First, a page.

A prominent Russian-American lobbyist and former Soviet military officer attended a meeting with President Donald Trump's son, son-in-law and campaign chairman last year, the lobbyist said Friday, adding a new wrinkle to the Trump team's evolving explanations about the June 2016 session.
Rinat Akhmetshin confirmed his involvement to The Associated Press in an interview. He had not been previously identified as a participant in the meeting at Trump Tower in New York, which was billed as part of a Russian government effort to help the Republican's White House campaign.
The meeting has heightened questions about whether Trump's associates coordinated with Russia to meddle in the presidential election — to help him and thwart Hillary Clinton — and whether they've been forthcoming about their foreign contacts. Federal and congressional investigators are probing possible connections between the campaign and Moscow.
Akhmetshin has been reported to have ties to Russian intelligence, a characterization he dismisses as a "smear campaign." He's a well-known Washington presence, lobbying for Russian interests trying to undermine the allegations of a lawyer who died in a Russian prison and is the namesake of a U.S. sanctions law.
Akhmetshin told the AP he served in the Soviet military in a unit that was part of counterintelligence but he was never formally trained as a spy.
In emails posted by Donald Trump Jr. earlier this week, a music publicist said he arranged the meeting because a Russian lawyer wanted to pass on negative information about Democrat Clinton. The go-between stated that the discussion was part of a Russian government effort to help the GOP candidate.
While Trump Jr. has confirmed that Russian attorney Natalia Veselnitskaya was in the meeting, he has not disclosed Akhmetshin's presence. The president's son has publicly discounted the meeting, saying he did not receive the information he was promised.
In a statement Sunday, Trump Jr. said the attorney had said she had information that people tied to Russia were funding the Democratic National Committee and supporting Clinton, a description that Akhmetshin backed up in his interview with the AP.
In his first public interview about the meeting, Akhmetshin said he accompanied Veselnitskaya to Trump Tower where they met an interpreter. He said he had learned about the meeting only that day when Veselnitskaya asked him to attend. He said he showed up in jeans and a T-shirt.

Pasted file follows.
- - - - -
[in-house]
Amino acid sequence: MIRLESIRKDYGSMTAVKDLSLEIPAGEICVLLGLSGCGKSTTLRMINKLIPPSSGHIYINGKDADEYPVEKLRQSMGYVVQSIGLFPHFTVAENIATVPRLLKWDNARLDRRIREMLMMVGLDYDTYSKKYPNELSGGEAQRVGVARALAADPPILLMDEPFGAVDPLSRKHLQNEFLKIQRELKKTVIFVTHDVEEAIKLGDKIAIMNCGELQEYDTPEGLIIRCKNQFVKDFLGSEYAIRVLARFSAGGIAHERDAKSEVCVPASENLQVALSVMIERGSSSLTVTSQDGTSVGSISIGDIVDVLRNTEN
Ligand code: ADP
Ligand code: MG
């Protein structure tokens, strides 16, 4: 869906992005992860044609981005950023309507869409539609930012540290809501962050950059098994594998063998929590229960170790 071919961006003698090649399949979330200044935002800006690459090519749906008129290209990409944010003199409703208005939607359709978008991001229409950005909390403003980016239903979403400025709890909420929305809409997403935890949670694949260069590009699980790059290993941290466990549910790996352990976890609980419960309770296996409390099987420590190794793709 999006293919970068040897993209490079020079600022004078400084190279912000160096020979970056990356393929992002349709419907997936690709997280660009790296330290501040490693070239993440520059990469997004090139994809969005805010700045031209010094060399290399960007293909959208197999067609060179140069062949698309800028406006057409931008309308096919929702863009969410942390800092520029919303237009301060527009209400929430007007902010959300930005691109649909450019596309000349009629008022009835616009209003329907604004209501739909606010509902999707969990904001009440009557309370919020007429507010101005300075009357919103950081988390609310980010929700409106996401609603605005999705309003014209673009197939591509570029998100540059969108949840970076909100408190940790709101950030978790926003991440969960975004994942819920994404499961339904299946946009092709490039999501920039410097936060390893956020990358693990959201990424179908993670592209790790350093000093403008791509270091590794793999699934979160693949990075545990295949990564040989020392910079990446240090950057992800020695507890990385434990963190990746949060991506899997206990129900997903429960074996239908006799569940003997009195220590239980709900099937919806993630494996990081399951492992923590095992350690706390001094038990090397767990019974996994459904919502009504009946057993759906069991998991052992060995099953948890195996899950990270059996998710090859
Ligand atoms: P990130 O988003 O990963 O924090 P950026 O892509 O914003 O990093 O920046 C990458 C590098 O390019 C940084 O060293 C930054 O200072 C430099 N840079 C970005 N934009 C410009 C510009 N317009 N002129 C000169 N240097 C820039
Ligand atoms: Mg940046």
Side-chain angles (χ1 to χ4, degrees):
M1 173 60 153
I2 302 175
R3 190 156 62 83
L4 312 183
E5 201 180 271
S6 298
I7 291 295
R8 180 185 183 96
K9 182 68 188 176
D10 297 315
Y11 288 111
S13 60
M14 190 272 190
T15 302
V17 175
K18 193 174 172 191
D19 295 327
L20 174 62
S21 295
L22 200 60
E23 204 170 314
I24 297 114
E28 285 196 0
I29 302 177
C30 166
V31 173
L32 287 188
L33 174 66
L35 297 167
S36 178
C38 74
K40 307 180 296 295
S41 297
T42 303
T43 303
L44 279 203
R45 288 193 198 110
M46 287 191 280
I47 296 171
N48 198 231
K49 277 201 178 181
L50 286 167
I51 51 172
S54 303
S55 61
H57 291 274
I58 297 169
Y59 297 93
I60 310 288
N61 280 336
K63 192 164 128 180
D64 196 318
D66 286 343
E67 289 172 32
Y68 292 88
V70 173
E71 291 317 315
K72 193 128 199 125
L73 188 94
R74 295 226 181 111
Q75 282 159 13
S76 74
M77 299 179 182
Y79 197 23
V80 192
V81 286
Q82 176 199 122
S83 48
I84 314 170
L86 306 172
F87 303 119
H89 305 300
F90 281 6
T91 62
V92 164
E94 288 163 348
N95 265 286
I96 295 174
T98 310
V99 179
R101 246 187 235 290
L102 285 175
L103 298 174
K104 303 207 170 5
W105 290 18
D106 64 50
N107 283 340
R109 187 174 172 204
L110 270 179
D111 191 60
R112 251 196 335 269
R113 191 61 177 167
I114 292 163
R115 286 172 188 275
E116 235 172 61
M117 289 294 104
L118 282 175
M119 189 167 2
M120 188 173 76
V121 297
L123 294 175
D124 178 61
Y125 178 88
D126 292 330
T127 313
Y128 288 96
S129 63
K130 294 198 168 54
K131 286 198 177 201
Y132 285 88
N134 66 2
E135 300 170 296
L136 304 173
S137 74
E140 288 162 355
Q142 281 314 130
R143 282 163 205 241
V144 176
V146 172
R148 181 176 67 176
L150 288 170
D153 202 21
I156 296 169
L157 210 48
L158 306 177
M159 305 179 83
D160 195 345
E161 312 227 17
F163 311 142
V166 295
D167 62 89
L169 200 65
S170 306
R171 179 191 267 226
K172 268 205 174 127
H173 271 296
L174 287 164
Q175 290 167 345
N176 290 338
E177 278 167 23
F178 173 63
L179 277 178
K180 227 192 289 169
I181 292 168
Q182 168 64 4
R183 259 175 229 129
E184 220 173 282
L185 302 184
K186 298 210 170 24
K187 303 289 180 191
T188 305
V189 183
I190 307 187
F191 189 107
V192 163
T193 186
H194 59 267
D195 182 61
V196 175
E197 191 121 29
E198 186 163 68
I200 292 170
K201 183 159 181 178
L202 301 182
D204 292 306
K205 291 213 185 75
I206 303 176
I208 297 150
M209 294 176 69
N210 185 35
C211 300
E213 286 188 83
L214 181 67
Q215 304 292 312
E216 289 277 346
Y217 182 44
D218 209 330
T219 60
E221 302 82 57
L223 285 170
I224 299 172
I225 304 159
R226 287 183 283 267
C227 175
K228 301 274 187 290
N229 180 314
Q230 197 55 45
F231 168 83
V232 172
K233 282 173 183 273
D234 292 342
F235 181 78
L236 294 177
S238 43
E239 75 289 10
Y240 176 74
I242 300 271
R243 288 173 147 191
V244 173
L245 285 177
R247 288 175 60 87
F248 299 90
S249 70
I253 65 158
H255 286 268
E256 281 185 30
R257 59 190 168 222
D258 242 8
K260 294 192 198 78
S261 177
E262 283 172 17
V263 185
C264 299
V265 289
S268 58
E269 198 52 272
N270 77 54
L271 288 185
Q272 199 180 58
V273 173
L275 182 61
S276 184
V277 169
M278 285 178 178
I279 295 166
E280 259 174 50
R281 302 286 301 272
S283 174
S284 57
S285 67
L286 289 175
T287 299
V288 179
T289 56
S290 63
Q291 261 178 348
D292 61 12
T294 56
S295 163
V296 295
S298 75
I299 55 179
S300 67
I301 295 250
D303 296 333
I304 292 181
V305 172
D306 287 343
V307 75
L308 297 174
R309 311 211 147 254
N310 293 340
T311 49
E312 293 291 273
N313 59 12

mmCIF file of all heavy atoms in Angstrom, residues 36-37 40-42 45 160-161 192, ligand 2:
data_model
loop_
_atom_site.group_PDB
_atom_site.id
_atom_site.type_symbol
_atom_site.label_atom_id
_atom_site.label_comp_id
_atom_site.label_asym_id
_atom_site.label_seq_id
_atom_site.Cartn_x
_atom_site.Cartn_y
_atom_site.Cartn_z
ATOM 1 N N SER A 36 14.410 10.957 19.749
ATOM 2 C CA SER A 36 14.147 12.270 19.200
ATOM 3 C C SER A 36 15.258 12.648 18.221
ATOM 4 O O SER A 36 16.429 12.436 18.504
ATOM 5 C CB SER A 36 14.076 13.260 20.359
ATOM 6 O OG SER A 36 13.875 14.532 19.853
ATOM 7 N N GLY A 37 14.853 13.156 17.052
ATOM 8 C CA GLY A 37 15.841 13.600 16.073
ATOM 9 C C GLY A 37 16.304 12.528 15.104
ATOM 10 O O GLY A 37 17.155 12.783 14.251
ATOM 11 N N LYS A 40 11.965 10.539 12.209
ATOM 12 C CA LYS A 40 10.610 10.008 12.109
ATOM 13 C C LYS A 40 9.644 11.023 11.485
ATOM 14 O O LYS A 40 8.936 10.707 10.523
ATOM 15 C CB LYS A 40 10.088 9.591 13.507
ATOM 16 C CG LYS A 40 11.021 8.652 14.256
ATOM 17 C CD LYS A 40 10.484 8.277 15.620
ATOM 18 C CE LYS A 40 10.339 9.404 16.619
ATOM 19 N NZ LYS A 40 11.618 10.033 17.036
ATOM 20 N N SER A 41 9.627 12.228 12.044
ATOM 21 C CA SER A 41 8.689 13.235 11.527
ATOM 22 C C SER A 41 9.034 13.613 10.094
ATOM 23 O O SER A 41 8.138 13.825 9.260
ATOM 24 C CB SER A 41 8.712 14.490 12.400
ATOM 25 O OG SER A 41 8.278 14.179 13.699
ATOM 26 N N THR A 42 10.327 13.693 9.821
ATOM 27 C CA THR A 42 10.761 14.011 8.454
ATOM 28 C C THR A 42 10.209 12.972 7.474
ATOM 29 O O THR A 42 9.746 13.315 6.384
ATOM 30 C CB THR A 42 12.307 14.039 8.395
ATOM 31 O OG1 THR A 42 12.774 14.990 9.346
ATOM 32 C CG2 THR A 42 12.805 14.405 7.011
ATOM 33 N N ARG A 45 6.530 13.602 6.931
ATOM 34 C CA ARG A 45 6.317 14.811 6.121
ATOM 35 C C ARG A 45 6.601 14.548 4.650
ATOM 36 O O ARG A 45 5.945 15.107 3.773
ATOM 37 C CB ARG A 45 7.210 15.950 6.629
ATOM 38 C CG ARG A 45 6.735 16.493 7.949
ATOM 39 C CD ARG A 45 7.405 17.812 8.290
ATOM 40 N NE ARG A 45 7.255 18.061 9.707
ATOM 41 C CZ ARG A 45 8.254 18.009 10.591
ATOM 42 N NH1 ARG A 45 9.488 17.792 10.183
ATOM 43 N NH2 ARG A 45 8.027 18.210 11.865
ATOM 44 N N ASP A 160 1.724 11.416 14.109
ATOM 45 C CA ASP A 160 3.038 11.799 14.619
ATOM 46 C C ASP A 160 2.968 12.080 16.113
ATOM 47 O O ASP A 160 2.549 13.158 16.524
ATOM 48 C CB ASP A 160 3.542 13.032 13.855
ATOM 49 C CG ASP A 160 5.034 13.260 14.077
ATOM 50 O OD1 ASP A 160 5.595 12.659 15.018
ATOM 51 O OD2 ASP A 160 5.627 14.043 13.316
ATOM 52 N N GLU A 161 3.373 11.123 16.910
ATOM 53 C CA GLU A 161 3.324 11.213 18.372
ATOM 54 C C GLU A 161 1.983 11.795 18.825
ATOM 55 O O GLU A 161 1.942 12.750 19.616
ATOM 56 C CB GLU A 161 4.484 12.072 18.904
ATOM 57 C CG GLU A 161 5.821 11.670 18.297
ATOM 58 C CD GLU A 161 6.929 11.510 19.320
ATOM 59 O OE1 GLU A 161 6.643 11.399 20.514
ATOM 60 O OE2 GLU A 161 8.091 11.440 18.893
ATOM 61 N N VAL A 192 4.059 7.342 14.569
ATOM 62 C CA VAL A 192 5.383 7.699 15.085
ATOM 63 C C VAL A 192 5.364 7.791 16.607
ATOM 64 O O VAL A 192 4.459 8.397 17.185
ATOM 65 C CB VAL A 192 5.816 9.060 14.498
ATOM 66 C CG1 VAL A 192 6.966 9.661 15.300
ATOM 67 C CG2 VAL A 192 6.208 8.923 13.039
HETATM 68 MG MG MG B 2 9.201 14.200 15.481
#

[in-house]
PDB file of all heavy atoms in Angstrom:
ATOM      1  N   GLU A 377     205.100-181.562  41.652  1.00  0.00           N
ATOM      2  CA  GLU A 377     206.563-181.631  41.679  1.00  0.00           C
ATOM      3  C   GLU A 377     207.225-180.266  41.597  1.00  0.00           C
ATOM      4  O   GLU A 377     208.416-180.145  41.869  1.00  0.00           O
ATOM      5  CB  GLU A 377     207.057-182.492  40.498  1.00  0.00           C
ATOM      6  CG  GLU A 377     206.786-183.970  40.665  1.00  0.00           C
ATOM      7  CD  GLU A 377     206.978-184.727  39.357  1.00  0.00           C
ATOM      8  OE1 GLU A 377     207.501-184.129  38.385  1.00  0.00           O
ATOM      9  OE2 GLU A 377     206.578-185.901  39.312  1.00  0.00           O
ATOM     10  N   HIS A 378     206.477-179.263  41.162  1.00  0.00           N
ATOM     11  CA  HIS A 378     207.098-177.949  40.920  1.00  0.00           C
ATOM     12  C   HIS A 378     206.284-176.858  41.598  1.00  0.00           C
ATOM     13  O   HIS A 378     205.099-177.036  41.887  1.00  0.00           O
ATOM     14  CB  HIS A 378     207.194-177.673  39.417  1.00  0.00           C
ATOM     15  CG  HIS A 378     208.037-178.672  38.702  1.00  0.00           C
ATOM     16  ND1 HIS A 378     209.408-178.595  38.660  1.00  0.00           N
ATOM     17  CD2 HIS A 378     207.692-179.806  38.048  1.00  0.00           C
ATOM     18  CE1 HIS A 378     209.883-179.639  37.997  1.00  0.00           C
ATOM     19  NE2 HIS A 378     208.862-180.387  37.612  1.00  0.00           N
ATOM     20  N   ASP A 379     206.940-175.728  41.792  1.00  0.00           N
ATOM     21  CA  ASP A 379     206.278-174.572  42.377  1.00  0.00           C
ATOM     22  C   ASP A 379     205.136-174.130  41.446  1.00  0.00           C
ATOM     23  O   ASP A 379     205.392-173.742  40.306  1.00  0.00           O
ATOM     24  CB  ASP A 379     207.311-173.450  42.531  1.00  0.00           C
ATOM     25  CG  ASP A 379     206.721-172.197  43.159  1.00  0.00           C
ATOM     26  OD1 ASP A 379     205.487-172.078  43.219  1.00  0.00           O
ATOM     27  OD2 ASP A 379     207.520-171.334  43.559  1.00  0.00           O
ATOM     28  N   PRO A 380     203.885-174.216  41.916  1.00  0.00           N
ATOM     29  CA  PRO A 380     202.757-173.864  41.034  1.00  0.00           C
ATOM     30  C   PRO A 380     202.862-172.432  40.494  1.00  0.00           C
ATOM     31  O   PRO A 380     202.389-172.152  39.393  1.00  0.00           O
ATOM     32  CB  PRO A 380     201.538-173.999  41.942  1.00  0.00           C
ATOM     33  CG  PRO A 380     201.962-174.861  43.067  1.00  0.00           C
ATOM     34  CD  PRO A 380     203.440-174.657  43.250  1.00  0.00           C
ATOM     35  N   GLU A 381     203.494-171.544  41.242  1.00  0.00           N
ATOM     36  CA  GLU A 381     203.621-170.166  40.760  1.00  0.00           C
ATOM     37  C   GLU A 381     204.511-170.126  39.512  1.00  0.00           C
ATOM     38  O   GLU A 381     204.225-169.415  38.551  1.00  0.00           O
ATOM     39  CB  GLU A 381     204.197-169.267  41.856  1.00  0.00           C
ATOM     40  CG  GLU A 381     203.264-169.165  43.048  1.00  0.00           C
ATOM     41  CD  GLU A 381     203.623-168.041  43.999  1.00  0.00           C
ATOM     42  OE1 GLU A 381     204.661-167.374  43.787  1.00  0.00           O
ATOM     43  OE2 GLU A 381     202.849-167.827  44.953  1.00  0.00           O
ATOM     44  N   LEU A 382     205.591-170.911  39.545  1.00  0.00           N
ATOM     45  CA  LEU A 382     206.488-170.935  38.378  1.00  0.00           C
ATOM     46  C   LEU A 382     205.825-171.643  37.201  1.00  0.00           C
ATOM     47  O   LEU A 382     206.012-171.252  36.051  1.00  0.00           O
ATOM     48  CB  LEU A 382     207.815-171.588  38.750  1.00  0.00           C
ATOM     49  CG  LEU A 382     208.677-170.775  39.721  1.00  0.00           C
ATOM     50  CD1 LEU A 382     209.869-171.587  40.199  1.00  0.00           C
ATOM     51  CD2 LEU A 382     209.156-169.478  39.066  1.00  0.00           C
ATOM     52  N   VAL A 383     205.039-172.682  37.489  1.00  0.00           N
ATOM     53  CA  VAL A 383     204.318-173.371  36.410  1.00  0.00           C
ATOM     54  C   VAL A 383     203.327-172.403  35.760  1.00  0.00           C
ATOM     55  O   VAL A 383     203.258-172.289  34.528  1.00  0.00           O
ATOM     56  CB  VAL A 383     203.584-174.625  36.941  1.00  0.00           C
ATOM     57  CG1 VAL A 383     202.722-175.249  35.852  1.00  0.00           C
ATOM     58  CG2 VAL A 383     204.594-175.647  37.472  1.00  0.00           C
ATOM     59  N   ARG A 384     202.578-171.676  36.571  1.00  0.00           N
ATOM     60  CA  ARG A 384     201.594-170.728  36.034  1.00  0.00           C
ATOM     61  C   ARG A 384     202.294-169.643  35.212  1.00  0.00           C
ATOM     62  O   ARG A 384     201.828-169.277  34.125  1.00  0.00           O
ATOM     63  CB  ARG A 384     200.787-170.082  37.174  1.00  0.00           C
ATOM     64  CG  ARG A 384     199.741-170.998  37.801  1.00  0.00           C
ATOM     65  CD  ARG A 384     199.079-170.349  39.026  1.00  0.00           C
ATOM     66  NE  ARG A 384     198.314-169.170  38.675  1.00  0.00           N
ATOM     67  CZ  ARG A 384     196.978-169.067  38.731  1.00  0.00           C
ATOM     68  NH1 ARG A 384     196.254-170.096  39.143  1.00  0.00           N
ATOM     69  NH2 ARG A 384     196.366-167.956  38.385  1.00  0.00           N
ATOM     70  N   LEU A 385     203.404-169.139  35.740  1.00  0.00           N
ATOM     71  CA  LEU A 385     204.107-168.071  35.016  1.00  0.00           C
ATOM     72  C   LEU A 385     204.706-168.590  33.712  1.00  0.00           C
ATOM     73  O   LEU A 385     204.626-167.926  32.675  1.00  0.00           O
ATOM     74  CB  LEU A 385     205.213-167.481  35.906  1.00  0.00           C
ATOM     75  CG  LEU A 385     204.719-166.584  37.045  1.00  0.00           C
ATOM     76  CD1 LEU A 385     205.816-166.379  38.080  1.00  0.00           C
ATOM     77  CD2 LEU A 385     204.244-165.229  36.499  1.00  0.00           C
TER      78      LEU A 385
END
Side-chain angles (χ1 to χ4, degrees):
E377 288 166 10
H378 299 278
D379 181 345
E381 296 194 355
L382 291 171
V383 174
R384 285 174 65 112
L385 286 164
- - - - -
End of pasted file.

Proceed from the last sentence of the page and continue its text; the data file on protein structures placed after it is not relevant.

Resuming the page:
Veselnitskaya brought with her a plastic folder with printed-out documents that detailed what she believed was the flow of illicit funds to the Democrats, Akhmetshin said. Veselnitskaya presented the contents of the documents to the Trump associates and suggested that making the information public could help the campaign, he said.
"This could be a good issue to expose how the DNC is accepting bad money," Akhmetshin recalled her saying.
Trump Jr. asked the attorney if she had sufficient evidence to back up her claims, including whether she could demonstrate the flow of the money. But Veselnitskaya said the Trump campaign would need to research it more. After that, Trump Jr. lost interest, according to Akhmetshin.
"They couldn't wait for the meeting to end," he said.
Akhmetshin said he does not know if Veselnitskaya's documents were provided by the Russian government. He said he thinks she left the materials with the Trump associates. It was unclear if she handed the documents to anyone in the room or simply left them behind, he said.
Jared Kushner, Trump's son-in-law and current White House senior adviser, and then-campaign chairman Paul Manafort also attended the meeting. Akhmetshin said he recognized Kushner and Trump Jr. He also said he recognized Manafort because they worked in "adjacent political circles" but never together.